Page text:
But in this case, the short-term (for now) underperformance of certain funds merits examination, for it demonstrates the difficulty of forecasting fund results based solely on individual country or sector weightings or other similarly broad measures. This idea applies to long-term performance, as well. Investors who appreciate that have a better chance of avoiding unpleasant surprises when funds don't perform as expected.
Politician Speaks, Market Reacts
A few weeks before December's elections in Japan, it became clear that Shinzo Abe would likely be returning to the prime minister's office. Markets reacted decisively. The main reason was that Abe indicated that he would take action to weaken the yen. That sent the yen--which had been hovering near historic highs--tumbling. And because the yen's strength had been among the factors damping sentiment for Japanese stocks (particularly the big exporters), the stock market rose sharply as well.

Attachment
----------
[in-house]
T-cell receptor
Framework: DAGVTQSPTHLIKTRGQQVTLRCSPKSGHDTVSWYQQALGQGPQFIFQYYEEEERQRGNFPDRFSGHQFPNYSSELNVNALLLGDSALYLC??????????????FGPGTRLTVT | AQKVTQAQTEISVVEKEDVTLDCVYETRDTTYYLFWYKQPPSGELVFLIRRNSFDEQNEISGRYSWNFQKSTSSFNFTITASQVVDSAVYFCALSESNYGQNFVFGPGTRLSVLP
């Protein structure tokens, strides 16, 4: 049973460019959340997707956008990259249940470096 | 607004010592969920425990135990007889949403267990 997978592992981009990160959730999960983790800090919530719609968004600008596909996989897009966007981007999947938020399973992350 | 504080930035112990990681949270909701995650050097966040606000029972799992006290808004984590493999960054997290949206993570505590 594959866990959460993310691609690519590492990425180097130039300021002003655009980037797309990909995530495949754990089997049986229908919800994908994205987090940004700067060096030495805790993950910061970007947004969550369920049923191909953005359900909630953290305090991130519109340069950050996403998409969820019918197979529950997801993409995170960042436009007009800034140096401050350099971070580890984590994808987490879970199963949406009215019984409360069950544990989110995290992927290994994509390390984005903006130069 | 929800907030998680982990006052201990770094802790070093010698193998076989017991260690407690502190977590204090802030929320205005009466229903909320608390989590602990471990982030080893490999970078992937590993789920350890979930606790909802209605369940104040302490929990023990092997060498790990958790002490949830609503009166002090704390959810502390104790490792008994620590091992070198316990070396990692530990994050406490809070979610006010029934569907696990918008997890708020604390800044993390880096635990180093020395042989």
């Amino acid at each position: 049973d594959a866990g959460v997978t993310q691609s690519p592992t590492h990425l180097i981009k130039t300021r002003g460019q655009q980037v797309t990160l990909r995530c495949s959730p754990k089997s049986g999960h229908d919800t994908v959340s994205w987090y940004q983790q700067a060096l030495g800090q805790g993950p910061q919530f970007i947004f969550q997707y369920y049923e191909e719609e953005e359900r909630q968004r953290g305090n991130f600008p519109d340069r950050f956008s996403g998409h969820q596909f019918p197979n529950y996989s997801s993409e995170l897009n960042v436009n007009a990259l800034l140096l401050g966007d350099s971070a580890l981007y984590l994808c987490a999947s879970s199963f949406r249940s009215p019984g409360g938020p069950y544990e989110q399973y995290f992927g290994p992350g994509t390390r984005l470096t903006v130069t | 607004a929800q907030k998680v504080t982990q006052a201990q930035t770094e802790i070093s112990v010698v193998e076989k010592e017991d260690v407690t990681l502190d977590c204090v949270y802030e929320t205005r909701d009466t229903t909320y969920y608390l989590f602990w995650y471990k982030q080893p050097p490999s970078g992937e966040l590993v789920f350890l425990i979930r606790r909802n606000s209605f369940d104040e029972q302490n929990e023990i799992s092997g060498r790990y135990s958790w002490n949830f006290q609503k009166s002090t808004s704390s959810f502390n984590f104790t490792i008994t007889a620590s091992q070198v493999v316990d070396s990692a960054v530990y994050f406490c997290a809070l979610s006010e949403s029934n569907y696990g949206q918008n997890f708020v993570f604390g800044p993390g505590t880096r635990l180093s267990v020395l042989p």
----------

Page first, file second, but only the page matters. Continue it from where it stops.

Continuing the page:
Those trends continued as Abe's election became reality in December and into 2013, though though the sharpest moves occurred prior to the new year. As noted above, by the middle of last week Japan's three-month stock market surge had far surpassed the more modest rallies posted by other developed markets. In fact, Japan's gain easily topped those of all emerging markets, too. For good reason, the sinking yen and booming Japanese stock market became big news in the financial world.
Japan Rally Boosts Japan-Heavy Fund